Younger activists in the Kenyan trade union movement developed a new coalition. The resistance was made up of the Kikuyu people, Meru people and Embu people, and together they formed the Kenya Land and Freedom Army. The Mau Mau oath was taken by each individual in the movement, and it served to connect people across the country in their resistance. 

On the 9 October 1952, a senior chief who had supported British colonial rule was shot dead, signalling the start of the uprising. The Mau Mau military strategy consisted of guerrilla attacks which took place at night, targeting white settler farms and colonial loyalists.

On 21 October, the Colonial Office declared a state of emergency and deployed military troops to Kenya. The British waged war on 20,000 Mau Mau fighters and targeted those who had pledged an oath of loyalty, with any suspected of being part of the resistance being held in detention camps or executed.

torture memorial
A memorial in honour of victims of torture during the colonial era in Nairobi, Kenya. [GETTY]

The British did not stop there. They imprisoned more than 100,000 innocent people in detention camps, subjecting many to torture, sexual abuse, forced labour and malnutrition, in conditions that have been compared to the concentration camps used under Hitler

In 1953, Jomo Kenyatta, the leader of the Kenyan independence movement, was charged with directing the Mau Mau rebellion, and sentenced to 9 years in prison along with other freedom fighters. 7 years after the uprisings collapsed, Kenya became independent from British colonial rule.

Kenya today

On the day of the Queen’s death, Uhuru Kenyatta ordered 4 days of national mourning and the newly-elected president William Ruto, called the queen’s leadership “admirable”, reactions across the country understandably rejected the romanticisation which flooded mainstream media.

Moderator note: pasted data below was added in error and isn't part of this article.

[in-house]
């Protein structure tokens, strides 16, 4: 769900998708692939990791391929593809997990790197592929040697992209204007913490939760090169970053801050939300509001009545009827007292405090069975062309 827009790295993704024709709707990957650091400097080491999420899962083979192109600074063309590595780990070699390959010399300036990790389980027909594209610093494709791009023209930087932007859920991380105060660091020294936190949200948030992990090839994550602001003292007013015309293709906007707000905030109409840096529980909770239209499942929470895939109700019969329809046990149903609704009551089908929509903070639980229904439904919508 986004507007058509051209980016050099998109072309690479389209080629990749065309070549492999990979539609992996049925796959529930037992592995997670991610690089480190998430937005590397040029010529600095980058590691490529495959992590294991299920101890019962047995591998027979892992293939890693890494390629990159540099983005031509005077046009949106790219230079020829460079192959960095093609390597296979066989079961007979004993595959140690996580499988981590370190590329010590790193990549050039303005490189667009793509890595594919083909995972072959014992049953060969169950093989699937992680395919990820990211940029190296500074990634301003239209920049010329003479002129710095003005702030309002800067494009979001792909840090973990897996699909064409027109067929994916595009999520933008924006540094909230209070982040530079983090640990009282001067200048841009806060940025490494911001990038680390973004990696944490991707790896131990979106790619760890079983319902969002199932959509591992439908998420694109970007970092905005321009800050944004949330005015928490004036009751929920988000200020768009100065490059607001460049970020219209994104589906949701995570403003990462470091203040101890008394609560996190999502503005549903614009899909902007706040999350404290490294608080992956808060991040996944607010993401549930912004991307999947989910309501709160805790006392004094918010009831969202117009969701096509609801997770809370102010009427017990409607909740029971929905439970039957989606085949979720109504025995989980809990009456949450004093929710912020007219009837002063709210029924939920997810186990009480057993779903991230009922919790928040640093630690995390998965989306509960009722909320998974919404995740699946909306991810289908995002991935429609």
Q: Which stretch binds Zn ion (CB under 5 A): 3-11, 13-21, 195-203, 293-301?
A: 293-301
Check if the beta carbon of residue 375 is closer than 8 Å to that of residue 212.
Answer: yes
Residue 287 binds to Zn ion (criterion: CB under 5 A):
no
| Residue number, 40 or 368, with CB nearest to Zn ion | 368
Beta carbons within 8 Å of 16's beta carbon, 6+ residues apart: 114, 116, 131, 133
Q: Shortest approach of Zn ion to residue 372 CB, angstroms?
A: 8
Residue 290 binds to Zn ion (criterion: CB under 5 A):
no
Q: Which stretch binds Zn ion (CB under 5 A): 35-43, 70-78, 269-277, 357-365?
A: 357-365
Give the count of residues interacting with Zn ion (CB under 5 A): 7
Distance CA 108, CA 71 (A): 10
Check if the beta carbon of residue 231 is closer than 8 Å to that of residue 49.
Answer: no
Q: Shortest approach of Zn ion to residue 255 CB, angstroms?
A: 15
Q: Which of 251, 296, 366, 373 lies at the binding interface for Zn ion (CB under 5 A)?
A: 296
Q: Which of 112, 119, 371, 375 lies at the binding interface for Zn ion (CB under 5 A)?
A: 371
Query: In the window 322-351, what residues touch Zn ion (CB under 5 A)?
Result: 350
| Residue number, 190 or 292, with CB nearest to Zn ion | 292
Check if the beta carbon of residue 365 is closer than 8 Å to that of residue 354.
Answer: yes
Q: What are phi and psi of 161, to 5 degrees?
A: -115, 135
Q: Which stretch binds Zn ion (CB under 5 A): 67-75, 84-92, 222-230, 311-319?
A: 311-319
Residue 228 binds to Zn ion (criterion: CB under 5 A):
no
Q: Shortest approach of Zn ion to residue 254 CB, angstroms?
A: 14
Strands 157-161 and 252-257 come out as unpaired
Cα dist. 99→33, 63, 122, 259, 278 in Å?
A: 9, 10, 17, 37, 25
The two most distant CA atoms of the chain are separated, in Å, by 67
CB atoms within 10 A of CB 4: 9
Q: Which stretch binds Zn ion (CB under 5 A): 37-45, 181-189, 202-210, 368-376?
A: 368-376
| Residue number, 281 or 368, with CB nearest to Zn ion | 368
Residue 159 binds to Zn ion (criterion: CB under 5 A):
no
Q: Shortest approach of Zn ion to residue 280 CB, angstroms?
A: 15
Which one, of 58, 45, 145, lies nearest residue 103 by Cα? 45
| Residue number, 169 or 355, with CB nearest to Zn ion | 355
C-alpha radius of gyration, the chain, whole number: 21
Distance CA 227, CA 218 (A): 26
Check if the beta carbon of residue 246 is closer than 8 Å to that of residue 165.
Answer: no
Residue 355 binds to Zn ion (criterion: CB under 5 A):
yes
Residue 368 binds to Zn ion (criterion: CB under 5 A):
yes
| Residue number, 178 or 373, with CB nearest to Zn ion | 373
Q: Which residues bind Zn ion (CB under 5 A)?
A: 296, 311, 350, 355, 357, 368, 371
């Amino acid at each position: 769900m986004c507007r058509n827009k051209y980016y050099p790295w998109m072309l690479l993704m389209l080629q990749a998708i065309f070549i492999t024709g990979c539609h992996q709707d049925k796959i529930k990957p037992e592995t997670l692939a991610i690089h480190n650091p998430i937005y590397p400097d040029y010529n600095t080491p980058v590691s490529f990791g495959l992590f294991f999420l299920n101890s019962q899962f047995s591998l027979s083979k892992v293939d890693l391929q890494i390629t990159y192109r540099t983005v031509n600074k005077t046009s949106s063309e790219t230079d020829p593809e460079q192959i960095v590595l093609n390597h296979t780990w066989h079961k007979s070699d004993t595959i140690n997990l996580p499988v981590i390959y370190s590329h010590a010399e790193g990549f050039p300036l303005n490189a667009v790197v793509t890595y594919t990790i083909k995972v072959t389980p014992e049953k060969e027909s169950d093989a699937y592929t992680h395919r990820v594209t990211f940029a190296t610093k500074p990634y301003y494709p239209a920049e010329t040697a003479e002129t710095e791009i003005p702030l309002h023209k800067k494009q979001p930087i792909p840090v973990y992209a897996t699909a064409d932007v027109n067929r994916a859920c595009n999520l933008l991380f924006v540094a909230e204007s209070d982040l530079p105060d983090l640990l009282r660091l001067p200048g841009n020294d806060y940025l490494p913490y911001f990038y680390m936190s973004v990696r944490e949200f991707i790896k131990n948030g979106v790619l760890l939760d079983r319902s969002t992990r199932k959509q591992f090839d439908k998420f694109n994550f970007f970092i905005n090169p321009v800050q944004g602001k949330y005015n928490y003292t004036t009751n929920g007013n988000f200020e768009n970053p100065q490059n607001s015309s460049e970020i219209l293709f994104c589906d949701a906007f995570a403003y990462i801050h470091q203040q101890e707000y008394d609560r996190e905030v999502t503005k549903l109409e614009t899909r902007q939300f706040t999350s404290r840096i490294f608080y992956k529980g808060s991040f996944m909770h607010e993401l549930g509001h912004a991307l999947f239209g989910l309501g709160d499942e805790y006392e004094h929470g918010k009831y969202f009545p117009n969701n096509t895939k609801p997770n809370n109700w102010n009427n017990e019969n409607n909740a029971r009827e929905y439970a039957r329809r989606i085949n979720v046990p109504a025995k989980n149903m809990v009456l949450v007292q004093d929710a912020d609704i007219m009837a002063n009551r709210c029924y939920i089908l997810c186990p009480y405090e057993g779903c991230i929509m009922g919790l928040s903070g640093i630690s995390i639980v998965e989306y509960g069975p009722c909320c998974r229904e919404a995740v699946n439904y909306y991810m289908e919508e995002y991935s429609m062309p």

This is unsurprising given that in 2019, a petition gaining over 100,000 signatures from Kenyan victims of colonial violence and displacement was presented to the UN, demanding an apology and compensation.

The Kenyan Human Rights commission has said that 90,000 Kenyans were executed or tortured, with 160,000 being detained without trial. 32 white settlers were killed.


The British government paid out £19.9 million in compensation in 2013 to more than 5,000 Kenyans who had suffered from imperial violence during the Mau Mau uprising. Despite recognition of the systematic torture and abuse that Kenyans were subject to, no British officials have ever been charged for their crimes against humanity.

Whilst questions remain about the Mau Mau uprising and its complex nature, it is remembered as a pivotal period in the fight for Kenyan liberation from British colonial rule. One thing is certain, the connections between the British monarchy’s extreme wealth and the continued exploitation of formerly colonised countries can no longer be denied.

The systemic whitewashing and romanticisation of Britain’s imperial past remains more prevalent than ever, but the courageous resistance of those Kenyans lives on in those who continue to challenge and reject neo-colonialism today.

The parallels between the British monarchy and colonial exploitation are inseparable, without the former, the later might not have existed.

Adele Walton is an International Development graduate and freelance journalist, who has written for Jacobin, Tribune, openDemocracy, Vice, Dazed and more. She studied at the University of Sussex and wrote a dissertation critiquing the racialised logics of underdevelopment and good governance narratives. She is half Turkish and half British.

Follow her on Twitter: @adelewalton121

Have questions or comments? Email us at: editorial-english@alaraby.co.uk.

Opinions expressed in this article remain those of the author and do not necessarily represent those of The New Arab, its editorial board or staff.